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  • Writer's pictureWildlife Friendly Otley

Tufted Duck - February 2022


During the winter, Otley has emptied of swifts and many of our warblers but on the water birds gather to keep safe and stay warm. The Tufted duck is a handsome duck, smaller than the familiar Mallard and well worth looking out for on your next walk along the river. The male has a black head, neck breast and back and is white on the sides. The female, like many bird species is plainer looking and is all brown. Both however have striking yellow eyes and a small crest on the back o their heads, their tufts.


The Tufted duck or Tufty as it is sometimes affectionately known, is our most common diving duck.

Ducks can be split into two broad groups: dabblers and divers. Dabbling ducks like Mallards feed predominantly at the surface, sometimes even grazing on land. Many dabblers can often be seen upending, with their heads underwater and their bums in the air; this is called dabbling. Whilst diving ducks as the name suggests feed mainly by diving underwater, using their strong feet (and sometimes their wings) to swim. Something they do share with Mallards is the male is much quieter than the female, making a soft ‘wit-oo’ sound, whilst the female make a harsh 'karrr' sounds.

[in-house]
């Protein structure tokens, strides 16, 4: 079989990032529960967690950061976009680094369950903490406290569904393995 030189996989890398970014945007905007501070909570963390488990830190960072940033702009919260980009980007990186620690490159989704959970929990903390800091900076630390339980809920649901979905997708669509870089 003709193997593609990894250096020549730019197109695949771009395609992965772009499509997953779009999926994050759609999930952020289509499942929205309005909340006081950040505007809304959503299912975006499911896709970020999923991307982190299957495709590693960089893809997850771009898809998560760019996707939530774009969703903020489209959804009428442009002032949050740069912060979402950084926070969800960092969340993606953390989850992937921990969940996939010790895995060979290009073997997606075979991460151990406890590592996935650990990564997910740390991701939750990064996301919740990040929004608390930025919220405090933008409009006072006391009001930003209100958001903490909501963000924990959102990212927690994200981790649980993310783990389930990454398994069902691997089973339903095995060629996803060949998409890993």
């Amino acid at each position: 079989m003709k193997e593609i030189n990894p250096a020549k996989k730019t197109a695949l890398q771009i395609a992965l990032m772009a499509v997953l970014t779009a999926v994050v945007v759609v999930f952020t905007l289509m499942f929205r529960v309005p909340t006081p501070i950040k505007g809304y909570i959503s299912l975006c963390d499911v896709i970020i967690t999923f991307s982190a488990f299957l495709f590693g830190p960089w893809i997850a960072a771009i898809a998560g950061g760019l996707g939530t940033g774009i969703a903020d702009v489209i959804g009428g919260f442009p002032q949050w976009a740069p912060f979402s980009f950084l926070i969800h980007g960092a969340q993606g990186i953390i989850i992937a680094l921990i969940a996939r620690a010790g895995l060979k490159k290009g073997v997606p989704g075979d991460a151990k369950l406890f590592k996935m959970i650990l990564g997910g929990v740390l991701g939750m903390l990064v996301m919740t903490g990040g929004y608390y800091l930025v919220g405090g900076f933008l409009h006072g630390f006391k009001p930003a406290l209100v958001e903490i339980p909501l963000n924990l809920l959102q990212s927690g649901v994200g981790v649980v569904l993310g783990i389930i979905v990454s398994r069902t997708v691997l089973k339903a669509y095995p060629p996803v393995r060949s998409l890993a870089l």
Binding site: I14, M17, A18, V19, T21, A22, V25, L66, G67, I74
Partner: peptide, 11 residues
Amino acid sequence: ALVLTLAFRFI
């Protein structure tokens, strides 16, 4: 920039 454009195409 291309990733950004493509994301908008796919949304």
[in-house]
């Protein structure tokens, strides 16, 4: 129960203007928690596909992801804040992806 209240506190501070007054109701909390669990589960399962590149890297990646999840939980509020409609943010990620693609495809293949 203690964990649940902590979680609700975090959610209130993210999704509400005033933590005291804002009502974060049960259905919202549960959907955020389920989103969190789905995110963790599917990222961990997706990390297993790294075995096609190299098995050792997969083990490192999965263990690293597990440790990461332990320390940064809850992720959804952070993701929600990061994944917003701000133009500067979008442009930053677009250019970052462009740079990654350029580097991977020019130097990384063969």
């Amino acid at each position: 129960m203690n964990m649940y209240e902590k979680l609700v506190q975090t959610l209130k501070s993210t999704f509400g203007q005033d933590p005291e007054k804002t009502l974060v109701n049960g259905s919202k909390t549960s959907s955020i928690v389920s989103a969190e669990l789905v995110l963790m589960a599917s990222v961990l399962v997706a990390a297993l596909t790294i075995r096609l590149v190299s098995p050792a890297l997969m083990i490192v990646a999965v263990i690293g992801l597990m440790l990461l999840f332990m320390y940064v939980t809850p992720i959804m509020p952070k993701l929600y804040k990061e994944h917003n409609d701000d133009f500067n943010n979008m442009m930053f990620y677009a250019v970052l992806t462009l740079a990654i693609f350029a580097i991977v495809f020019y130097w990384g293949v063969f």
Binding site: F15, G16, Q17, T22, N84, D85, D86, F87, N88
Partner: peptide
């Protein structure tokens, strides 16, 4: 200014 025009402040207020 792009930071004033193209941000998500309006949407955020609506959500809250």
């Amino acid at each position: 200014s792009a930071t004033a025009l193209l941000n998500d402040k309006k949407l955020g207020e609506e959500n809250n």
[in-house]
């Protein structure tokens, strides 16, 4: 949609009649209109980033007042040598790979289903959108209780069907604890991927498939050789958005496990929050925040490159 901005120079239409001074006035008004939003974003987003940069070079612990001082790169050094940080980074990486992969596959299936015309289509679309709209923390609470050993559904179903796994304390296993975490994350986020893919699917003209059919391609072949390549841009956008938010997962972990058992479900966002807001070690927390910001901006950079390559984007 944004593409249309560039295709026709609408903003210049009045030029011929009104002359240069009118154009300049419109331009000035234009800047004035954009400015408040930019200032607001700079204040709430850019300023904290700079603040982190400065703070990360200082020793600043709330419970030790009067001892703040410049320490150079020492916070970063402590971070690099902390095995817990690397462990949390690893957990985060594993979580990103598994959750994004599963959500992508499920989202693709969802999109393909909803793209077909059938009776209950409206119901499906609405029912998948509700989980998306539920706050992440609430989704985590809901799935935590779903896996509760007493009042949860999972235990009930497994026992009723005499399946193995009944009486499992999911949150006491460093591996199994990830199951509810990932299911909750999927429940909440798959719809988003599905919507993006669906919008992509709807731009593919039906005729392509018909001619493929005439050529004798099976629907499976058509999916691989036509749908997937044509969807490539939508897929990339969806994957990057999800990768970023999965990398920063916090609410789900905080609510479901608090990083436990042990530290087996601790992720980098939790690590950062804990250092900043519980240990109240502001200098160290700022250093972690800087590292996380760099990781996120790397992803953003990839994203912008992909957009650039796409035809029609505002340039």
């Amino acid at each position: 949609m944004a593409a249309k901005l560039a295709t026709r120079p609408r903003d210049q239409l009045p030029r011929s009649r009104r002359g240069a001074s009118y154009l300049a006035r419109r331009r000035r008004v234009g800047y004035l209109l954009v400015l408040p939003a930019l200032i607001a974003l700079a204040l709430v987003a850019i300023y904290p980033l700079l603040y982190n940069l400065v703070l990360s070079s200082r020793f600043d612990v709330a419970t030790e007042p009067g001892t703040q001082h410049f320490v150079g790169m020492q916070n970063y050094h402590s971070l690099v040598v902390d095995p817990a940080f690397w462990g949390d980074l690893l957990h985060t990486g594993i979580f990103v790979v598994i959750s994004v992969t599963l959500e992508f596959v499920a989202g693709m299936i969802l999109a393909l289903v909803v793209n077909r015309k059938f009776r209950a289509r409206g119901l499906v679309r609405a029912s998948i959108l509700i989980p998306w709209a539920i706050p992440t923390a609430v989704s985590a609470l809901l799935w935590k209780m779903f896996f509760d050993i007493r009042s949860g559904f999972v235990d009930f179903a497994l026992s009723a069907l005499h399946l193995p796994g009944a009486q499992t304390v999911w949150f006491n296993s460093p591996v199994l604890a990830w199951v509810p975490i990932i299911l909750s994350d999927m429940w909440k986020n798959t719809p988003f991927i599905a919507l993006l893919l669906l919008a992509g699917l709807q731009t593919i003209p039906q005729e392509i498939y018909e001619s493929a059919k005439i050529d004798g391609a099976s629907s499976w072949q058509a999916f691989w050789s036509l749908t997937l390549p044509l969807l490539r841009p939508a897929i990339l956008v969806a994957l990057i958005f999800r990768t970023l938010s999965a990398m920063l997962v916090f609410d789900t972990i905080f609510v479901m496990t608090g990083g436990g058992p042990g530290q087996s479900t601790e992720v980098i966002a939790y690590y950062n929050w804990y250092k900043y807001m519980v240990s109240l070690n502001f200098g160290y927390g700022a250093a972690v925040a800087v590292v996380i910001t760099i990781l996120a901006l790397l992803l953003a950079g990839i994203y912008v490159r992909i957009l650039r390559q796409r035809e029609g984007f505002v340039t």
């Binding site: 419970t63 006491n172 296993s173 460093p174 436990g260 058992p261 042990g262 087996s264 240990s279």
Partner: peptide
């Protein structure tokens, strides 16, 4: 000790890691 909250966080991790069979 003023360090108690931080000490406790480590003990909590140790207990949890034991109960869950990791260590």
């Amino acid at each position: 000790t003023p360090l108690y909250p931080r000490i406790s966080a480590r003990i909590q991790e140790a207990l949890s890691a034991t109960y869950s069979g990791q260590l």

Tufted ducks are omnivorous and feed on a wide variety of food including waterweed, plant seeds, water insects and mollusks. They are increasing their range throughout the UK, this may be due to rapid creation of their favoured habitat as open gravel extraction pits are allowed to flood and become lakes. These new lakes are quickly populated by the Tufty’s favourite food, freshwater muscles. As a small duck, they have a number of threats to overcome. Just a few of their predators include Herons, Foxes, birds of prey and even domestic dogs not kept in check.


During the breeding season, tufted ducks tend to be found close to marshes. The nest is made near the water, usually in a hollow on the ground, hidden in rushes or grassy tussocks. The nest itself is lined with grass, rushes and down. Like most ducks, the 'drake' (male) has nothing to do with the incubation of the eggs or raising the young. The 'hen' (female) has eight to eleven eggs in a brood; eggs are laid from about mid May. The young fledge after about 45 days.





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